Sunday, August 07, 2011

The hamster might be dead, but the wheel just keeps on spinning...

The Wall Street Journal is a snake dining on its tail and never more so than in the editorial on why we should all ignore the ratings downgrade of US public debt.

Their conclusion is correct--we should ignore the down grade.  If we had ignored their grading of private debt (e.g., mortgage backed securities) our 401(k) accounts and the institutional investments of states and pension funds would be somewhere in the neighborhood of 40% stronger and the unemployment rate would be 4-6% lower.  Perhaps the Wall Street Journal should have given us this advice when all three ratings agencies were stamping AAA ratings on those junk securities.   Late to the party, they were.

Everyone knows--or should know- how the craven corruption of these ratings agencies was an indispensable  element in the process of looting our economy throughout the last half of the Clinton administration and all of the Bush/Cheney era.  It could not have happened if these agencies didn't make immense profits lying about the AAA safety of the CDOs, CDSs, CP3Os and whatever other "securities" are now lining bird cages and wrapping fish.  These three ratings agencies, although they were extorted into it by the banks who told them--literally--that if they didn't give up the big AAA one of their competitors would get the fee for doing it.  But they knew what they were doing.  They decided to be accomplices--accessories, as it were, before and during the fact.  These agencies  were as important in this massive criminal fraud as a gun is to a bank hold up.  (guns, on the other hand, don't have ethical codes--but, then, they don't need them.)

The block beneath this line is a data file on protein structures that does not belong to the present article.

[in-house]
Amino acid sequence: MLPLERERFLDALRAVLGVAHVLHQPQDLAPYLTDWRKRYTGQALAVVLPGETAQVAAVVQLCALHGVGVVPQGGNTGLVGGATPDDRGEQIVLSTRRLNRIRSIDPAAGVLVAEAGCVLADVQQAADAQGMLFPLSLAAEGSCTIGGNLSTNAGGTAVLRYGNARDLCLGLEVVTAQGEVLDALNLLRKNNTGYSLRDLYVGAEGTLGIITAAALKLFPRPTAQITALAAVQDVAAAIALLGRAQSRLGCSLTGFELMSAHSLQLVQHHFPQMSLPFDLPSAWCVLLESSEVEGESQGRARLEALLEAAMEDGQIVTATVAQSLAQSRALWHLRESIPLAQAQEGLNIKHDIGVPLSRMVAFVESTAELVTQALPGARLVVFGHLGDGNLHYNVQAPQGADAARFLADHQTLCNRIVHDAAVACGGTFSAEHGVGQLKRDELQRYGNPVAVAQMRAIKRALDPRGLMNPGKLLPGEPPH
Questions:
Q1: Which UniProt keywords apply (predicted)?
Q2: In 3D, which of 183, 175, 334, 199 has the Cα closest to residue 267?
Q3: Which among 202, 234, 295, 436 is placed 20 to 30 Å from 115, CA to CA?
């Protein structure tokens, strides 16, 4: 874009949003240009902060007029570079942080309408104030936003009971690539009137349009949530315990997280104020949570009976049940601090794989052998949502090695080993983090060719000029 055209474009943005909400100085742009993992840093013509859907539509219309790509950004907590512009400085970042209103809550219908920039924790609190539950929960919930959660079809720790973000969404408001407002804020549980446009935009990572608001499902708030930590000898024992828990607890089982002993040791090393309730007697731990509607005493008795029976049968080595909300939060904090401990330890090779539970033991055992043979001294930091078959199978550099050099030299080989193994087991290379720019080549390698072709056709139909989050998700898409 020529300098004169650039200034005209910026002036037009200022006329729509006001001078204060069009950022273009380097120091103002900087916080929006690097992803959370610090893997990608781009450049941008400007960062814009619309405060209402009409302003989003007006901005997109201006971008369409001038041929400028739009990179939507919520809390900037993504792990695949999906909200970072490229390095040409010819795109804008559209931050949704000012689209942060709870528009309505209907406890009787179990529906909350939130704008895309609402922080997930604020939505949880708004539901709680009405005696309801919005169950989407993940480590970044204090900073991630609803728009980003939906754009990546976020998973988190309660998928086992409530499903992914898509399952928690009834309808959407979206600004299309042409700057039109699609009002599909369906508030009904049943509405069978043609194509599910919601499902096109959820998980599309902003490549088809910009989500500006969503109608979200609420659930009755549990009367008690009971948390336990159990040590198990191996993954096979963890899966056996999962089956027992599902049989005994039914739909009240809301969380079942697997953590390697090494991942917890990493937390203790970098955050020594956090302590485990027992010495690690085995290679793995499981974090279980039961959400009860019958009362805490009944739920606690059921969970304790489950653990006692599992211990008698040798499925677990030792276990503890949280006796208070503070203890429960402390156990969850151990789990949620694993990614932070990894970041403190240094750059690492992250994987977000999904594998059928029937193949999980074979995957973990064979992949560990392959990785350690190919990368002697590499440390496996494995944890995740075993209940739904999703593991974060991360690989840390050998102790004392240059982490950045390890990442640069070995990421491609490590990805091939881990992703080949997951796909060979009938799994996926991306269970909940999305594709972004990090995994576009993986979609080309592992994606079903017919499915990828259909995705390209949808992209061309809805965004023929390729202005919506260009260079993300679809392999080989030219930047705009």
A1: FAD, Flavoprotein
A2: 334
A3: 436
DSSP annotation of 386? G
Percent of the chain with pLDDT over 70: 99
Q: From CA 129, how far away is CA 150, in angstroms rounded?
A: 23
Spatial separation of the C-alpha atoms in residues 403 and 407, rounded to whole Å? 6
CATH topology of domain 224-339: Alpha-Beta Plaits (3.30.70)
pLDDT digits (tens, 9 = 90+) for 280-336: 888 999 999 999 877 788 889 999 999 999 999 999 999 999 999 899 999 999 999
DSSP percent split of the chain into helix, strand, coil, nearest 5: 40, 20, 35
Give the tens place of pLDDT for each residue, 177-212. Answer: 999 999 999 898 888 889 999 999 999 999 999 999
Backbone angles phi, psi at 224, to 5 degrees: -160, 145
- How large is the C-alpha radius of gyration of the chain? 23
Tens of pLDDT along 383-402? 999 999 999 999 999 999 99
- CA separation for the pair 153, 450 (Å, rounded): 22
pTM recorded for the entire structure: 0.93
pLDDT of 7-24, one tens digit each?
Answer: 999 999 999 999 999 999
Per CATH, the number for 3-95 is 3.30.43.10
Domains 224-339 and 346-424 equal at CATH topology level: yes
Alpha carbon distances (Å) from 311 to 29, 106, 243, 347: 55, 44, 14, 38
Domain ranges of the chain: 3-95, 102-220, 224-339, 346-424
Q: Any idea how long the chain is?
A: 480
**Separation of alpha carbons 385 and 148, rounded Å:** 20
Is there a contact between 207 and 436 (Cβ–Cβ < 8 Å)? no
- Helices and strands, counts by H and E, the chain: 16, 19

So give the Wall Street Journal credit for seeing--if too late for our economy--that the rating agencies are worthless parasites, public relations firms for grifters, at best.

But the Wall Street Journal completely runs off the rails when it says in this editorial that the best way to rate the safety is...wait for it...what's the best way to value everything?  THE MARKET!  The market, of course, that was led by the ratings agencies, Standard and Poors among them, right off of the cliff with mortgage backed securities (and the tech bubble and...I digress).

I have to give a cynical nod to people who can see reality diverge from their ideology on a daily basis and still hold onto it.   Like members of a cargo cult, having built mock-up airplanes in the expectation that supplies will be delivered, The Wall Street Journal is still promising us that the tax cuts we have delivered to the "job creators" at the top of our economic food chain are the best--the only--job creation strategy worth pursuing. They keep saying this while wasting away, we are, in our own little Hoover-villes.